0 Members and 1 Guest are viewing this topic.

Presuming that the observed relationship between the observed mass of the universe, M_{OU}, and the Hubble length, H_{OU}, is equal to 2G/c^{2}, not by coincidence, but that it is an unchanging relationship, then M_{OU} must increase in direct proportion to time. That is, were the WMAP observations to be repeated when the universe is twice its current age, they would observe twice the current mass.

If the Universe is getting "new mass" then could you also state the Universe is getting new Energy? Maybe it is that Energy that creates the mass like E=mc2 but in reverse?And if that might be true then the Universe is not a closed system?

Even if it were true that more mass was being created it's also be true that more gravitational energy was being created as well and that has a negative contribution to the total energy of the universe.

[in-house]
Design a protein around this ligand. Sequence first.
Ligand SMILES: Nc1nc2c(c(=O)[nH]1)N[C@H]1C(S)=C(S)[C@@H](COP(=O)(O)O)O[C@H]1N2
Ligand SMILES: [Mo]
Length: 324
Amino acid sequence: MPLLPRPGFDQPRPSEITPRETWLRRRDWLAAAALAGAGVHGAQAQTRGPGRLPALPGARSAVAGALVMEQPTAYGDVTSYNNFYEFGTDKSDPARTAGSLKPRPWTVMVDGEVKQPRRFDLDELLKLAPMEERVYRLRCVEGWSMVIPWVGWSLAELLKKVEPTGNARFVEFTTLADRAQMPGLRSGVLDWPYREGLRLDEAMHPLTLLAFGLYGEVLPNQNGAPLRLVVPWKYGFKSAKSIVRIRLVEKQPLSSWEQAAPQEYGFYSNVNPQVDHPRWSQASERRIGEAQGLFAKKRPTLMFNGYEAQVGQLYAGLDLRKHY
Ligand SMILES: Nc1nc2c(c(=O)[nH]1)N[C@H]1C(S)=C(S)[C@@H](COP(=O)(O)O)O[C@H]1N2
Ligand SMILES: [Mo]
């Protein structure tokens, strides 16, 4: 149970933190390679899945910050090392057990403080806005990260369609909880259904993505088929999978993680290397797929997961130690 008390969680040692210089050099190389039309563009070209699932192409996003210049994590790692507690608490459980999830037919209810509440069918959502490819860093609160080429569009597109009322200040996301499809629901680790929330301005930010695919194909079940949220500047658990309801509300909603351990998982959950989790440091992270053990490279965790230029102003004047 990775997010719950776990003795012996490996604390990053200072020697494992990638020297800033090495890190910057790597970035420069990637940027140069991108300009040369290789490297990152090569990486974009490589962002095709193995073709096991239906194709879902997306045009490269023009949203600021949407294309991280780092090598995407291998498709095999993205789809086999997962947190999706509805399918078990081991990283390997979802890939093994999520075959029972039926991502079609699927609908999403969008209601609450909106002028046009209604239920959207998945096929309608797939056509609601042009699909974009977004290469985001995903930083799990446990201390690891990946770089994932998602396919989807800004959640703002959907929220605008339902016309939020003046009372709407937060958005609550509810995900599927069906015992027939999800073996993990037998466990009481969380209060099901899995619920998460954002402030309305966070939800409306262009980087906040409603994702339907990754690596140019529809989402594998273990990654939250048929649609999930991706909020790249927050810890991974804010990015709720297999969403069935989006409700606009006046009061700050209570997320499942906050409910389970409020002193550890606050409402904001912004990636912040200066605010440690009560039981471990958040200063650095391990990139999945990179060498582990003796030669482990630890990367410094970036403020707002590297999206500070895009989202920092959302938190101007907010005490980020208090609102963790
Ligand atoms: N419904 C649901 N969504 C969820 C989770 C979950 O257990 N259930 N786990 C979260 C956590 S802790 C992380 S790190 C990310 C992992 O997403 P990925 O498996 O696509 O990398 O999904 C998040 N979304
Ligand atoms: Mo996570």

Now I am confused, could you explain how.

The potential is –GMm/r.

Quote from: AndroidNeox on 21/01/2013 17:40:19Presuming that the observed relationship between the observed mass of the universe, M_{OU}, and the Hubble length, H_{OU}, is equal to 2G/c^{2}, not by coincidence, but that it is an unchanging relationship, then M_{OU} must increase in direct proportion to time. That is, were the WMAP observations to be repeated when the universe is twice its current age, they would observe twice the current mass.Where did you get this idea from? All that you’ve just explained to me means is that more mass is coming into view with time. That mass has always been there. We’re just being able to see more of it as time goes on.